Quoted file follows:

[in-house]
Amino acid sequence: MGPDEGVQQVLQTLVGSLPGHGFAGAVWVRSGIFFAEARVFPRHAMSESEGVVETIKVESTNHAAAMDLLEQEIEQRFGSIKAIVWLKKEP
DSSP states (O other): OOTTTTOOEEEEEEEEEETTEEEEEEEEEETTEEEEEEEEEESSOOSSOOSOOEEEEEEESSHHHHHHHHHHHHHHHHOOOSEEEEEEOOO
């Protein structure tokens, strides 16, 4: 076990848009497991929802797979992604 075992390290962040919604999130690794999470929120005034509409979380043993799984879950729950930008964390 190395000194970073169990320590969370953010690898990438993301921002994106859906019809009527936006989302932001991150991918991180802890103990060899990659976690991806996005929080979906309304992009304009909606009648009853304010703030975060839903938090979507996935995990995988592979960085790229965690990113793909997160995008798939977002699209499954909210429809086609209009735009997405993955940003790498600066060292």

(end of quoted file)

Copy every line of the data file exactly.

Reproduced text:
[in-house]
Amino acid sequence: MGPDEGVQQVLQTLVGSLPGHGFAGAVWVRSGIFFAEARVFPRHAMSESEGVVETIKVESTNHAAAMDLLEQEIEQRFGSIKAIVWLKKEP
DSSP states (O other): OOTTTTOOEEEEEEEEEETTEEEEEEEEEETTEEEEEEEEEESSOOSSOOSOOEEEEEEESSHHHHHHHHHHHHHHHHOOOSEEEEEEOOO
């Protein structure tokens, strides 16, 4: 076990848009497991929802797979992604 075992390290962040919604999130690794999470929120005034509409979380043993799984879950729950930008964390 190395000194970073169990320590969370953010690898990438993301921002994106859906019809009527936006989302932001991150991918991180802890103990060899990659976690991806996005929080979906309304992009304009909606009648009853304010703030975060839903938090979507996935995990995988592979960085790229965690990113793909997160995008798939977002699209499954909210429809086609209009735009997405993955940003790498600066060292």